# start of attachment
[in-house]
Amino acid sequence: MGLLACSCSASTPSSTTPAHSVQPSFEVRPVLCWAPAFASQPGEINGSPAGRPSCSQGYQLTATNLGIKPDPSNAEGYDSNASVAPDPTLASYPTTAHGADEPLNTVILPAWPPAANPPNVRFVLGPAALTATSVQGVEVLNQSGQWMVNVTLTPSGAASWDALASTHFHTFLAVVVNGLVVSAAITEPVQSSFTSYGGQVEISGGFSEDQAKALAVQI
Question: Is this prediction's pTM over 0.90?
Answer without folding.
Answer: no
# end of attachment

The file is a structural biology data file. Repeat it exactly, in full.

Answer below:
[in-house]
Amino acid sequence: MGLLACSCSASTPSSTTPAHSVQPSFEVRPVLCWAPAFASQPGEINGSPAGRPSCSQGYQLTATNLGIKPDPSNAEGYDSNASVAPDPTLASYPTTAHGADEPLNTVILPAWPPAANPPNVRFVLGPAALTATSVQGVEVLNQSGQWMVNVTLTPSGAASWDALASTHFHTFLAVVVNGLVVSAAITEPVQSSFTSYGGQVEISGGFSEDQAKALAVQI
Question: Is this prediction's pTM over 0.90?
Answer without folding.
Answer: no